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'I Left My Heart In Roker Park' - Roker Report Meets Paul Dunn

Many Sunderland fans might remember a one man stage show by the name of 'I Left My Heart In Roker Park', which made it's debut way back in 1997. The show tells the story of the life of Sunderland fanatic Kevin Halliday, and actor Paul Dunn has revived the show (with an updated story) alongside writer Tom Kelly to bring the play to a modern audience. With that in mind, @GavinSAFC sat down with Paul in order to learn more about what is to come from 'I Left My Heart In Roker Park' when it takes to the stage again this September.

Some Sunderland fans might remember the original 'I left my heart In Roker Park' show which ran in the late 90’s and in 2004, which received high praise from the media and fans alike. The latest edition of the play has added to the original story – what can the audience expect from this year’s show?

The writer, Tom Kelly, has brought it right up to date, so now it covers things like the Di Canio period and the Cup Final against Man City.

In order to be able to do that we've also changed the setting of the whole play. It's not set in 1997 outside Roker Park anymore - we've moved it to the present day, and Kevin is in the back garden of his home, on the site of the former Roker Park ground.

How much input did you have in helping Tom Kelly to write the updated version of the play?

When we first sat down together a couple of months ago I read the play aloud and we talked about the character Kevin and what we thought we wanted to do with the play. I made one or two suggestions, but really it's still very much Tom's script. He's done all the work – I just turn up and say the words!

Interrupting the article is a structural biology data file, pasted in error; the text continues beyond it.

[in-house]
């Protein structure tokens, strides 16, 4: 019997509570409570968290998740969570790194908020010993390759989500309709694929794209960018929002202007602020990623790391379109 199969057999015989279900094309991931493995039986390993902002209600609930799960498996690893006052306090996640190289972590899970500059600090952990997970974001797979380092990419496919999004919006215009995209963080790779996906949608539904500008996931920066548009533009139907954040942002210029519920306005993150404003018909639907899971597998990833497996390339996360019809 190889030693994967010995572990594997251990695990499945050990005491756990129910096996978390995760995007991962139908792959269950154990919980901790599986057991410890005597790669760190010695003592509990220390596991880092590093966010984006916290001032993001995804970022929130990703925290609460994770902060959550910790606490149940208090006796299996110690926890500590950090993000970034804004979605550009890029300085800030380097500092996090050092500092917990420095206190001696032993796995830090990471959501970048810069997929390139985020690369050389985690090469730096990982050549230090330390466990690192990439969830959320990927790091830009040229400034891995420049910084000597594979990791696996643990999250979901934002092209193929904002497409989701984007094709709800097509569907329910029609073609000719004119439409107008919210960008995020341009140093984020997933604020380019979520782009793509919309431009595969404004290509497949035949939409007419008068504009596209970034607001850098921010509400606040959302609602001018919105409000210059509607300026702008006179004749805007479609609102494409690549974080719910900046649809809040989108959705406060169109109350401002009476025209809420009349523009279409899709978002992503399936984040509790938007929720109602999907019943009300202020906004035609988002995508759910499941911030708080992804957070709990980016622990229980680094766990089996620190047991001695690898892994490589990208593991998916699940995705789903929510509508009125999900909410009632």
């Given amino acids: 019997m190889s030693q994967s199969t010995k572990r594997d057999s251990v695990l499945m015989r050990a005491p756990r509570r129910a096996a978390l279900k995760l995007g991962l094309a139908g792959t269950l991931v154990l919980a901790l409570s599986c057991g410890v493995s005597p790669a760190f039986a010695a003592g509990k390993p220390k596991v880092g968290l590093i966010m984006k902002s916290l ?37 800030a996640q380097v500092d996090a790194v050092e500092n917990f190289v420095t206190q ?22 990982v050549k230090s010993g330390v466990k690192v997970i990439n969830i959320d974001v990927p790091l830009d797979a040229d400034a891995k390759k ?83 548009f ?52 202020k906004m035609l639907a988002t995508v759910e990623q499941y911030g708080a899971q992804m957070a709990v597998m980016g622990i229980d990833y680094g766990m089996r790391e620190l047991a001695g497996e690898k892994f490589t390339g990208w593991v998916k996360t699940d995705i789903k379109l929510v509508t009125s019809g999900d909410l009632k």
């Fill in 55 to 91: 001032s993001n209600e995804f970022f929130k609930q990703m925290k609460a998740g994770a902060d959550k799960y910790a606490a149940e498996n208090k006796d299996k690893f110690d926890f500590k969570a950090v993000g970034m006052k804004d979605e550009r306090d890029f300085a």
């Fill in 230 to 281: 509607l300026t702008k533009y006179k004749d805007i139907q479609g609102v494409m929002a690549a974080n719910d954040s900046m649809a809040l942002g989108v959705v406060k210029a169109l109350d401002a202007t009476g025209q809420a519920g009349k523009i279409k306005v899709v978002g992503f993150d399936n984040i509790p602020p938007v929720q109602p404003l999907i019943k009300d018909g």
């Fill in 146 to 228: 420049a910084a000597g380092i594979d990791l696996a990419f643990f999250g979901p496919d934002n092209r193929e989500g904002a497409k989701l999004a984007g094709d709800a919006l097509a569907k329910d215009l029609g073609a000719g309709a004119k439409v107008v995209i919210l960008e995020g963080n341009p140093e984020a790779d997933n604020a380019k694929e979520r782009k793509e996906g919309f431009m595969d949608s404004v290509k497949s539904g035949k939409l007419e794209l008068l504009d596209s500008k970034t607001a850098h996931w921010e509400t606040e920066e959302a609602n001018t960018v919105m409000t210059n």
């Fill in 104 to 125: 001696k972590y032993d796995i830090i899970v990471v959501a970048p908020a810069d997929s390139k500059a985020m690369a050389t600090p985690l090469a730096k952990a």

What kind of reaction have you had to the show from Sunderland fans who might perhaps hold the same fond memories of Roker Park that your character, Kevin Halliday, does?

When the play was produced before (in 2004 directed by my great friend Chris Elphinstone) I was living in London, so although I knew about the play I really had no idea how popular and successful it was. Since we've brought it back this year things have gone a bit crazy.

The fans have been so supportive and seem really excited about it coming back. I've had loads of people tell me about their memories of the play and also of being at Roker Park. When we were filming an interview at the Customs House for the trailer, one guy who was there told us of his first memory of being at Roker Park - the crowd was so packed that at one point the bloke in front of him jumped up which pushed his own wooden rattle into his own face and he lost his front teeth! It was also the same match that Brian Clough got his injury which ended his playing career.

Tell us about how you came to take up the role of Kevin……

Tom Kelly had seen me in a play at the Customs House last summer. I was playing the central character, which meant I had to carry the story of the whole piece and stay on stage right from the start. Tom had been thinking about reviving 'Roker Park', and after he'd seen me in this play he felt that I'd be right to take on the role of Kevin Halliday.

We had a meeting early this year and decided to go ahead and mount the play once more.

You’re the third person to take up the role of Kevin – have you spoken to Ray Spencer or David Whittaker about the play? What advice did they give you with regards to playing the lead character?